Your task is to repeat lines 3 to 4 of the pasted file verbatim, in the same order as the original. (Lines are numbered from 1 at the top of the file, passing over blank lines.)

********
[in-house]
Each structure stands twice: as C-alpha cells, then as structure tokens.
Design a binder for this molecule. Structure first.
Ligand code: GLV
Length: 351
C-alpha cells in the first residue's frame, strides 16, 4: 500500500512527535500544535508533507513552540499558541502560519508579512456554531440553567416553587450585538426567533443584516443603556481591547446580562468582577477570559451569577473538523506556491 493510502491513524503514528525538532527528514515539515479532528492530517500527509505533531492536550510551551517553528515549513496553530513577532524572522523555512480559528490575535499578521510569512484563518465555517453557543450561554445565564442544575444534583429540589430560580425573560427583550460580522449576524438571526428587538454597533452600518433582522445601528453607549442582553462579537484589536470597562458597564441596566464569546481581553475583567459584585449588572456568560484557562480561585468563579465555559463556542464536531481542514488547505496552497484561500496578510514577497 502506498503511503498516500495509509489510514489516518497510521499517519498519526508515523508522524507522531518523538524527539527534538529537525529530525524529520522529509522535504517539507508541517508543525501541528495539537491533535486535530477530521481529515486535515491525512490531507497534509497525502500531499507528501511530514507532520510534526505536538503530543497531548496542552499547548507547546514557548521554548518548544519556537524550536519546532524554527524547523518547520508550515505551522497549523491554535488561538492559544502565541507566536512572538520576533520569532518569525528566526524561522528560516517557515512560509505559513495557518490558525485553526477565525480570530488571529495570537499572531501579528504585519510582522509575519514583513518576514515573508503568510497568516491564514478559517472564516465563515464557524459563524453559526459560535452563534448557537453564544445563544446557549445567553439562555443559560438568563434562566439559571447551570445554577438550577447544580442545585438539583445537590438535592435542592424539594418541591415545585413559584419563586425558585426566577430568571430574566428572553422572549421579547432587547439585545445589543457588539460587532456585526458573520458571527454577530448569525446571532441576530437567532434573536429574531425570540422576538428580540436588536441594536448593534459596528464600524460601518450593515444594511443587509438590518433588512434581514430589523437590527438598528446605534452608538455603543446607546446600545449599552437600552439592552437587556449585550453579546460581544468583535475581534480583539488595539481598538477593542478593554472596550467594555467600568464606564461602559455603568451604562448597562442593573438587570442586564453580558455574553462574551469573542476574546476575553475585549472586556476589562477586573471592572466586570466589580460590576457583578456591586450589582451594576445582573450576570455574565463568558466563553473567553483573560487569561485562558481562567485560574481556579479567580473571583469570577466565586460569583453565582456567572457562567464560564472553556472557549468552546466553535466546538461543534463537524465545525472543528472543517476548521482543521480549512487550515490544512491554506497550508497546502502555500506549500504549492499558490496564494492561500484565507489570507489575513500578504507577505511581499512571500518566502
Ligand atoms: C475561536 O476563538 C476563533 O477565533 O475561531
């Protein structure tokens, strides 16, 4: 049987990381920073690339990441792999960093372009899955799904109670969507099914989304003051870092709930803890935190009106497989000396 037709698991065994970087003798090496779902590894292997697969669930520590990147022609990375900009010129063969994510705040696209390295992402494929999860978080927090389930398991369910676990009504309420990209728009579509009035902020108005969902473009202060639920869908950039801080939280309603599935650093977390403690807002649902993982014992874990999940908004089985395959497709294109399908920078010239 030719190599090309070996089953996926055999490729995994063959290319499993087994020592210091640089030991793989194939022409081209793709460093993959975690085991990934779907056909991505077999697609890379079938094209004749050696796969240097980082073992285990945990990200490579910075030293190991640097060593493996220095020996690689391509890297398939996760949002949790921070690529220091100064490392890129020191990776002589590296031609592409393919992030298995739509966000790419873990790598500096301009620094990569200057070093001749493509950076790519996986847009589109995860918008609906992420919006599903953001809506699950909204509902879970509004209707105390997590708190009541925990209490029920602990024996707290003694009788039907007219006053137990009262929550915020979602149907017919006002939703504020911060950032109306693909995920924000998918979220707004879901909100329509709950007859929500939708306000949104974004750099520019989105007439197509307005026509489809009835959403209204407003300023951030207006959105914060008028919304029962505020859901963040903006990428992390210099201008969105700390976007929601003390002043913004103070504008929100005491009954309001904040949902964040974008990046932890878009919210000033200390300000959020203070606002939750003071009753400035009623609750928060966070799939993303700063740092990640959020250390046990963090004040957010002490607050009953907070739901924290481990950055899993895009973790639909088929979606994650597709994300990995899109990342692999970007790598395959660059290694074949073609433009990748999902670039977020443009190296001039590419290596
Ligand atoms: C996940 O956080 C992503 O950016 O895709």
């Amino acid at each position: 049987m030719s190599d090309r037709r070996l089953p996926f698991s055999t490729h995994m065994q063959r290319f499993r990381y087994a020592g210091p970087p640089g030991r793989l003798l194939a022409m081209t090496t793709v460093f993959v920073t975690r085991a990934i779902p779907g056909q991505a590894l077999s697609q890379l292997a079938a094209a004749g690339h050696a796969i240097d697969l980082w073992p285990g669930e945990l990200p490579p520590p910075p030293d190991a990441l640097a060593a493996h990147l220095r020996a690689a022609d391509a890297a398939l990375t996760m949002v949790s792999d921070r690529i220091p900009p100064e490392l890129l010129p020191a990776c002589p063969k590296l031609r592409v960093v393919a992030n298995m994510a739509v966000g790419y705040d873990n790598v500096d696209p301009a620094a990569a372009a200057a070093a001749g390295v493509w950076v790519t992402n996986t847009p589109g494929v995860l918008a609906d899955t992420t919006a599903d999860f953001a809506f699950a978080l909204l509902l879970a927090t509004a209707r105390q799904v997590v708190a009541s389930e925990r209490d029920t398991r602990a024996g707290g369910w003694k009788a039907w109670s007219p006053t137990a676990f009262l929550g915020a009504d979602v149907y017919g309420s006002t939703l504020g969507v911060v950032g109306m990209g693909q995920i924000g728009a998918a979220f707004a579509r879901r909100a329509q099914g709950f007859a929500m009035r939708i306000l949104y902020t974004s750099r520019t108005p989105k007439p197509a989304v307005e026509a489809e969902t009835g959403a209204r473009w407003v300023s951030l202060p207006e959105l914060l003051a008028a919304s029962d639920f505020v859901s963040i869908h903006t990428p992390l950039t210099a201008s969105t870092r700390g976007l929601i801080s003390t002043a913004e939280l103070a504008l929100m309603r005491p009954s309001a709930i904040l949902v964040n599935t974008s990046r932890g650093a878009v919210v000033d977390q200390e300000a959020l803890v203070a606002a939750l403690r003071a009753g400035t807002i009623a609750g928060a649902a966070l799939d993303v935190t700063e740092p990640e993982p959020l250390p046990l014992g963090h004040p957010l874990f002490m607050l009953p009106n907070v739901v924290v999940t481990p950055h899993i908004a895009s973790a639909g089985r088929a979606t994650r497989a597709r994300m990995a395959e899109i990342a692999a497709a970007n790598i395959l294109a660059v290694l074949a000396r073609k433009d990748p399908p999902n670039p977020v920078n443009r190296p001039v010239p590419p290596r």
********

Design a binder for this molecule. Structure first.
Ligand code: GLV